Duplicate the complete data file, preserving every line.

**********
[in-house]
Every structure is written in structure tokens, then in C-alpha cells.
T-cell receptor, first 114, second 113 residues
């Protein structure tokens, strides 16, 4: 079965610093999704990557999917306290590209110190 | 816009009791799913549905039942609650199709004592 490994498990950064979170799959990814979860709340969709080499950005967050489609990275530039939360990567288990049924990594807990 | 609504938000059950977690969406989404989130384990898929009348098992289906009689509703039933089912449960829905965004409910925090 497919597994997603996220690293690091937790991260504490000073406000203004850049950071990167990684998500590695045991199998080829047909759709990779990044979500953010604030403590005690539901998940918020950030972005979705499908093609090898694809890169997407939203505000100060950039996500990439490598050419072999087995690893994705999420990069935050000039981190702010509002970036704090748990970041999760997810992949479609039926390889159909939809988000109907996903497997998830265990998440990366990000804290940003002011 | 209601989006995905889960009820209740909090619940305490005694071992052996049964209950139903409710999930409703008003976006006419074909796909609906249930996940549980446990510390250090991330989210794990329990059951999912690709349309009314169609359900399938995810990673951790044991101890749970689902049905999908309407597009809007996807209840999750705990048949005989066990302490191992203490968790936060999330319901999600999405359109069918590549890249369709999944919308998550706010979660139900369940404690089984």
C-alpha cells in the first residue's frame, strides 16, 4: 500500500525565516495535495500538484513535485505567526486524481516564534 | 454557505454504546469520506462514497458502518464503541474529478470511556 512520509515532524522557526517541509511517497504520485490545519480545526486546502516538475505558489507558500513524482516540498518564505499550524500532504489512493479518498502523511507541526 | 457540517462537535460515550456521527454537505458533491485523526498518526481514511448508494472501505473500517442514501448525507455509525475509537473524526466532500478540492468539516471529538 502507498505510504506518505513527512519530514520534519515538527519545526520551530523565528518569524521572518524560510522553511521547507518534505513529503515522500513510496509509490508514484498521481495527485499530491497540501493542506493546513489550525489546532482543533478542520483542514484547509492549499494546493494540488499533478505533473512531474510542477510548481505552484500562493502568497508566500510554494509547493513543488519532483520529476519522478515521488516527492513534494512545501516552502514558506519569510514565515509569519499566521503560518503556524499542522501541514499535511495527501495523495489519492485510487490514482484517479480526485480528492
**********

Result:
[in-house]
Every structure is written in structure tokens, then in C-alpha cells.
T-cell receptor, first 114, second 113 residues
């Protein structure tokens, strides 16, 4: 079965610093999704990557999917306290590209110190 | 816009009791799913549905039942609650199709004592 490994498990950064979170799959990814979860709340969709080499950005967050489609990275530039939360990567288990049924990594807990 | 609504938000059950977690969406989404989130384990898929009348098992289906009689509703039933089912449960829905965004409910925090 497919597994997603996220690293690091937790991260504490000073406000203004850049950071990167990684998500590695045991199998080829047909759709990779990044979500953010604030403590005690539901998940918020950030972005979705499908093609090898694809890169997407939203505000100060950039996500990439490598050419072999087995690893994705999420990069935050000039981190702010509002970036704090748990970041999760997810992949479609039926390889159909939809988000109907996903497997998830265990998440990366990000804290940003002011 | 209601989006995905889960009820209740909090619940305490005694071992052996049964209950139903409710999930409703008003976006006419074909796909609906249930996940549980446990510390250090991330989210794990329990059951999912690709349309009314169609359900399938995810990673951790044991101890749970689902049905999908309407597009809007996807209840999750705990048949005989066990302490191992203490968790936060999330319901999600999405359109069918590549890249369709999944919308998550706010979660139900369940404690089984």
C-alpha cells in the first residue's frame, strides 16, 4: 500500500525565516495535495500538484513535485505567526486524481516564534 | 454557505454504546469520506462514497458502518464503541474529478470511556 512520509515532524522557526517541509511517497504520485490545519480545526486546502516538475505558489507558500513524482516540498518564505499550524500532504489512493479518498502523511507541526 | 457540517462537535460515550456521527454537505458533491485523526498518526481514511448508494472501505473500517442514501448525507455509525475509537473524526466532500478540492468539516471529538 502507498505510504506518505513527512519530514520534519515538527519545526520551530523565528518569524521572518524560510522553511521547507518534505513529503515522500513510496509509490508514484498521481495527485499530491497540501493542506493546513489550525489546532482543533478542520483542514484547509492549499494546493494540488499533478505533473512531474510542477510548481505552484500562493502568497508566500510554494509547493513543488519532483520529476519522478515521488516527492513534494512545501516552502514558506519569510514565515509569519499566521503560518503556524499542522501541514499535511495527501495523495489519492485510487490514482484517479480526485480528492